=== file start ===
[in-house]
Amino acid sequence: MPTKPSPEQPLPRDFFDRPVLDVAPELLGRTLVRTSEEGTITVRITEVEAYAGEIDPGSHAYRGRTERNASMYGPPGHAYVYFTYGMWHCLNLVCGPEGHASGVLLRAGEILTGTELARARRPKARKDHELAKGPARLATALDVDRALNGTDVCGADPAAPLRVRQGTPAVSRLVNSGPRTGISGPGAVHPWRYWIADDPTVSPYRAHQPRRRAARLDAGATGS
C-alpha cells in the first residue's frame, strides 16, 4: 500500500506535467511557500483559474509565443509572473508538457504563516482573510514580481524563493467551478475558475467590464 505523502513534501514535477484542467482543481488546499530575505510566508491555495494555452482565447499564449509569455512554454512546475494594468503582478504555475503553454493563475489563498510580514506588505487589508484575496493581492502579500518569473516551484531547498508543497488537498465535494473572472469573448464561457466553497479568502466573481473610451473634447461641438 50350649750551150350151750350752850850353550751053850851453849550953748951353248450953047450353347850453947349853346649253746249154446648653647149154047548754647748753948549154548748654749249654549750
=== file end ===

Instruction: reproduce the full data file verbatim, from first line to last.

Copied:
[in-house]
Amino acid sequence: MPTKPSPEQPLPRDFFDRPVLDVAPELLGRTLVRTSEEGTITVRITEVEAYAGEIDPGSHAYRGRTERNASMYGPPGHAYVYFTYGMWHCLNLVCGPEGHASGVLLRAGEILTGTELARARRPKARKDHELAKGPARLATALDVDRALNGTDVCGADPAAPLRVRQGTPAVSRLVNSGPRTGISGPGAVHPWRYWIADDPTVSPYRAHQPRRRAARLDAGATGS
C-alpha cells in the first residue's frame, strides 16, 4: 500500500506535467511557500483559474509565443509572473508538457504563516482573510514580481524563493467551478475558475467590464 505523502513534501514535477484542467482543481488546499530575505510566508491555495494555452482565447499564449509569455512554454512546475494594468503582478504555475503553454493563475489563498510580514506588505487589508484575496493581492502579500518569473516551484531547498508543497488537498465535494473572472469573448464561457466553497479568502466573481473610451473634447461641438 50350649750551150350151750350752850850353550751053850851453849550953748951353248450953047450353347850453947349853346649253746249154446648653647149154047548754647748753948549154548748654749249654549750